It seems that women have more rules to adhere to than men when it comes to world travel. This can be very frustrating — especially for women from the United States. I’m a fan of Sex in the City, but I was appalled by Samantha’s disrespecting the culture of Abu Dhabi in the Sex in City 2 movie.
So you won’t get dubbed “The Ugly American,” I’ll provide a few tips throughout the year on cultural etiquette in international destinations. We’ll start with Japan…
I love Japanese culture – especially their emphasis on spirituality. But I had a bit to learn about their cultural etiquette while reporting on tourism in Tokyo. I noticed that the Japanese were always speaking to the male members of my crew instead of to me. I was the only black member of the crew, so I thought it was my race. But then I found that in the Japanese culture women always defer to the men in the group. It’s customary to bow when you greet people. And if you’re doing business, you should also present your business card to the person – always with both hands.
When invited to someone’s home, it’s customary to take your shoes off before walking into the house. And when you sit on the floor to eat, be sure not to point the soles of your feet at anyone – it’s considered offensive. When eating, it’s OK to share your food with others, but now with the end of the chopsticks that you’ve already eaten with. And never, ever blow your nose at the table! Here’s a surprising tip – it’s OK to loudly slurp your soup. It’s an accepted practice to show the chef you’re enjoying the meal. Boy did I have fun with that one!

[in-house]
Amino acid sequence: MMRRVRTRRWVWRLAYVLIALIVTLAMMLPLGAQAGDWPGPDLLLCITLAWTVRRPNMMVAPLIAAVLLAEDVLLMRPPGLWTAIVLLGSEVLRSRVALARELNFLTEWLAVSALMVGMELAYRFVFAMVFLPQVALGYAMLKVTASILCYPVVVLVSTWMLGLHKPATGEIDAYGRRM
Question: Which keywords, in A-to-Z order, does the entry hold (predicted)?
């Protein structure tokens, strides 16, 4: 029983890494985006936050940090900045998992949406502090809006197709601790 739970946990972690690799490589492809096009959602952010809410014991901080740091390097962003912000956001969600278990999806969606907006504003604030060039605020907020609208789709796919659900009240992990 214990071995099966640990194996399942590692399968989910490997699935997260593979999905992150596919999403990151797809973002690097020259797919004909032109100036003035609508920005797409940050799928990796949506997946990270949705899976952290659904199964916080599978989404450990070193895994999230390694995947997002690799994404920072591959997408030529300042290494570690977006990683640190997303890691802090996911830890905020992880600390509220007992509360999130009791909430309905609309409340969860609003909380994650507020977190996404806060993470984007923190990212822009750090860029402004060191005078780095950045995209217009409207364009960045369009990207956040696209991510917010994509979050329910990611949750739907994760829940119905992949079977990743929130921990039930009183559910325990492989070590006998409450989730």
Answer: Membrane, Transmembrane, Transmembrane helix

As Japan’s Tohoku region continues to rebuild after the recent earthquakes and Tsunamis, the country’s tourism board says places outside of that area are still safe to visit. To help promote tourism, the first “Been There Done That – Japan Checklist was produced last month to give travelers 27 unique lists of things to do and see in the country. The book can be bought on Amazon, and part of the proceeds will go to the rebuilding of the Japan’s Tohoku region. A final thought on etiquette — learning just a few words of Japanese like “good morning, “please,” and “thank you” will get you major brownie points with the locals. And remember: “Travel is fatal to prejudice, bigotry and narrow-mindedness” – Mark Twain.